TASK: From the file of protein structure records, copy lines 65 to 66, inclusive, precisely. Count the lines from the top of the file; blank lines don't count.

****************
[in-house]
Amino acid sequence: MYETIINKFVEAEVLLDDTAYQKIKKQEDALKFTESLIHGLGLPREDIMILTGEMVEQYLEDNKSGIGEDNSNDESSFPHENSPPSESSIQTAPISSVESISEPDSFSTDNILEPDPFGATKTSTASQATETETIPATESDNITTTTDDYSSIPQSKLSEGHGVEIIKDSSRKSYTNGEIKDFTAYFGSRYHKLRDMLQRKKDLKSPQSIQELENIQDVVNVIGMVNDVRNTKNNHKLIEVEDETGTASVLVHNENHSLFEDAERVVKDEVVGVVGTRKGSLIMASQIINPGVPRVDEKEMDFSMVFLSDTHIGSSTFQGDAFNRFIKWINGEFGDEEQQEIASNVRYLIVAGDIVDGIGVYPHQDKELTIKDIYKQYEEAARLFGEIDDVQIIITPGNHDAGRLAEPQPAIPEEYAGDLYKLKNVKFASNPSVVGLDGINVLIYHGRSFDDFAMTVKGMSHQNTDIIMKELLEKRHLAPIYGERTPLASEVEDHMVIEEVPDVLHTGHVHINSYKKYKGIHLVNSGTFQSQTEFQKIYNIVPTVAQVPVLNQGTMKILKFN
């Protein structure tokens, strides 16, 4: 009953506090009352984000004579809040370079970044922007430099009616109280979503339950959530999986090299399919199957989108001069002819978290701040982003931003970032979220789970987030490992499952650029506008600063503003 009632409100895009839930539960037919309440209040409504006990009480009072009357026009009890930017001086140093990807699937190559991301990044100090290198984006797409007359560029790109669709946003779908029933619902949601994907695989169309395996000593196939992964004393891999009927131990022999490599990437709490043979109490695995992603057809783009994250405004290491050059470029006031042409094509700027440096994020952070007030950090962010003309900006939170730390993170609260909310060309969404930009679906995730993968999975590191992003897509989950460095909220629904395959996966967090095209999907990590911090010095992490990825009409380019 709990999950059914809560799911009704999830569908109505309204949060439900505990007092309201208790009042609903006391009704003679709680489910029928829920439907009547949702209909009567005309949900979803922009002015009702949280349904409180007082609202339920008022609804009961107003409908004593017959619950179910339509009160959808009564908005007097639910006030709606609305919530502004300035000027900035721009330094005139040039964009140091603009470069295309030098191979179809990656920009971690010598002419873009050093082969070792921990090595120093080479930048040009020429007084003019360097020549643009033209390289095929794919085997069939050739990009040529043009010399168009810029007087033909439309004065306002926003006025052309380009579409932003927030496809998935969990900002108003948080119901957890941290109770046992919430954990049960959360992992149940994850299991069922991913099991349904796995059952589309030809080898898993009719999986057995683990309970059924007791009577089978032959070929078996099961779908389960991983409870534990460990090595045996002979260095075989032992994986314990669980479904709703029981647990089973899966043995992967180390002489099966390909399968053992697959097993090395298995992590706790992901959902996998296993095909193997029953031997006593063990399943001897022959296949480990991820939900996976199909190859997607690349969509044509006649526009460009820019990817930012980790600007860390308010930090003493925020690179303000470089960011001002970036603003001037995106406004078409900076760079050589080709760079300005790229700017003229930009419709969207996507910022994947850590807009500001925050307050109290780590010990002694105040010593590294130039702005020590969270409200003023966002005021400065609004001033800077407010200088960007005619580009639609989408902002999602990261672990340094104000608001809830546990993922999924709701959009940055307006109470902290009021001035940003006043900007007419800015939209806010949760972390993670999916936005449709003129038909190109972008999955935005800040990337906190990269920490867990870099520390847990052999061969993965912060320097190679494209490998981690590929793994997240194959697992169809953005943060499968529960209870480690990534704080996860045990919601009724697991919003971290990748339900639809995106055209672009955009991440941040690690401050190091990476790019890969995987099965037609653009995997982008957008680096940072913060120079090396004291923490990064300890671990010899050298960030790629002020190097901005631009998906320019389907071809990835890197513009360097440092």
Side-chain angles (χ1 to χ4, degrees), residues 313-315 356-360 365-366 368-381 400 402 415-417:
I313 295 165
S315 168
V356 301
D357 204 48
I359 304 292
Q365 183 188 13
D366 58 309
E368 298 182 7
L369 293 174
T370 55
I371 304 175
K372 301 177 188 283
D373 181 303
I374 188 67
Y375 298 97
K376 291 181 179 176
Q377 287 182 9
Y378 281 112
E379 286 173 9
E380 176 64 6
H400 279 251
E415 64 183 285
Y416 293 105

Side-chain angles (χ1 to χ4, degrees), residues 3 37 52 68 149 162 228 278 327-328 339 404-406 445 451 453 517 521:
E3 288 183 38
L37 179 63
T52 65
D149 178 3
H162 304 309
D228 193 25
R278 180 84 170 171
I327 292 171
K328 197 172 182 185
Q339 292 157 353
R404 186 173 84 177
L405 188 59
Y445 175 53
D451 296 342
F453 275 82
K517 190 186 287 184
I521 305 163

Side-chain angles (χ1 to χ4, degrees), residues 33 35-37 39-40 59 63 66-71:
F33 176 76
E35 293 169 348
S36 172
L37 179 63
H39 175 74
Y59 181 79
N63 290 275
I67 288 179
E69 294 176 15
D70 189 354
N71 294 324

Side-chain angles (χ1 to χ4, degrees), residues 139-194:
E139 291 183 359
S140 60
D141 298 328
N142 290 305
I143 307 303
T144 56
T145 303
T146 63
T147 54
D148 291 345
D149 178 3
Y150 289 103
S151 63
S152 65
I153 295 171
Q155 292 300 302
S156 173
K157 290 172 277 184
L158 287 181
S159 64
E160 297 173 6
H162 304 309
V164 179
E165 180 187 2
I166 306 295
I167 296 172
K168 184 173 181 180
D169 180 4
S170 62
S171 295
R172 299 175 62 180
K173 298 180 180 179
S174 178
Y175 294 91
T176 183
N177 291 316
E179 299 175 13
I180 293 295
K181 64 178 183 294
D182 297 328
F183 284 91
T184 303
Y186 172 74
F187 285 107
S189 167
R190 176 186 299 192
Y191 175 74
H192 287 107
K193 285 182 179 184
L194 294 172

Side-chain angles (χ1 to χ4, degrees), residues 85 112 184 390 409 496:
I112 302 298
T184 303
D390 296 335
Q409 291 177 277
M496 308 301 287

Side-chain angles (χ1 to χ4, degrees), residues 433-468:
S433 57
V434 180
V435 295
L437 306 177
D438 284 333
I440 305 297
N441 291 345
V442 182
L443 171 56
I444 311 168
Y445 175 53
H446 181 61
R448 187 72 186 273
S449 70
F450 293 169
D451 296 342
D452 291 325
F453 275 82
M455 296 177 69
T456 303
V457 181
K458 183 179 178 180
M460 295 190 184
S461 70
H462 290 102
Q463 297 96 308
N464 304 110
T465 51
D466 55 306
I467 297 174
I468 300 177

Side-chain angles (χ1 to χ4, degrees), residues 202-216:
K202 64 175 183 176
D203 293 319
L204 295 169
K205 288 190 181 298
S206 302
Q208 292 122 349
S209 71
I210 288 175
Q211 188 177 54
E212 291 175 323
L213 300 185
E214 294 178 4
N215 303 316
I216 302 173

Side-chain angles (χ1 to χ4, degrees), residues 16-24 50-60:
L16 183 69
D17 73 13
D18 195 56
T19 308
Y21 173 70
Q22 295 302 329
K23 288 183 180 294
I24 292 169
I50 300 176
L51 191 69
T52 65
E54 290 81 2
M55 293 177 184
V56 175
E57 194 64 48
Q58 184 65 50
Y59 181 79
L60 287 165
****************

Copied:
T145 303
T146 63